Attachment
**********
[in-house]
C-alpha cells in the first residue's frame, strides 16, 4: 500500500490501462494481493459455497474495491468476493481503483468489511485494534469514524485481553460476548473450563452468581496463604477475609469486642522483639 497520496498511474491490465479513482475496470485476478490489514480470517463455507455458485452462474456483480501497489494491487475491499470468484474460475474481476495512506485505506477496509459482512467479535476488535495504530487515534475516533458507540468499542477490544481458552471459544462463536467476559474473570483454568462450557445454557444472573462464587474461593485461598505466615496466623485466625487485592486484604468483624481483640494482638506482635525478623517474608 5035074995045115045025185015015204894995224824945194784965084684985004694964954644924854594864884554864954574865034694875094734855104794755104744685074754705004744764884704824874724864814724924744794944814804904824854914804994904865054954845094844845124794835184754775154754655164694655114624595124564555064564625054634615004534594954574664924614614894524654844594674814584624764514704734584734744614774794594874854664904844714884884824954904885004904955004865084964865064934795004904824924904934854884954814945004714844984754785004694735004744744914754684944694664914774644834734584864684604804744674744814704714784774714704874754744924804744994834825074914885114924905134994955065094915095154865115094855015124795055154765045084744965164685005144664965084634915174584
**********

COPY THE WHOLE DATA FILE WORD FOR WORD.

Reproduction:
[in-house]
C-alpha cells in the first residue's frame, strides 16, 4: 500500500490501462494481493459455497474495491468476493481503483468489511485494534469514524485481553460476548473450563452468581496463604477475609469486642522483639 497520496498511474491490465479513482475496470485476478490489514480470517463455507455458485452462474456483480501497489494491487475491499470468484474460475474481476495512506485505506477496509459482512467479535476488535495504530487515534475516533458507540468499542477490544481458552471459544462463536467476559474473570483454568462450557445454557444472573462464587474461593485461598505466615496466623485466625487485592486484604468483624481483640494482638506482635525478623517474608 5035074995045115045025185015015204894995224824945194784965084684985004694964954644924854594864884554864954574865034694875094734855104794755104744685074754705004744764884704824874724864814724924744794944814804904824854914804994904865054954845094844845124794835184754775154754655164694655114624595124564555064564625054634615004534594954574664924614614894524654844594674814584624764514704734584734744614774794594874854664904844714884884824954904885004904955004865084964865064934795004904824924904934854884954814945004714844984754785004694735004744744914754684944694664914774644834734584864684604804744674744814704714784774714704874754744924804744994834825074914885114924905134994955065094915095154865115094855015124795055154765045084744965164685005144664965084634915174584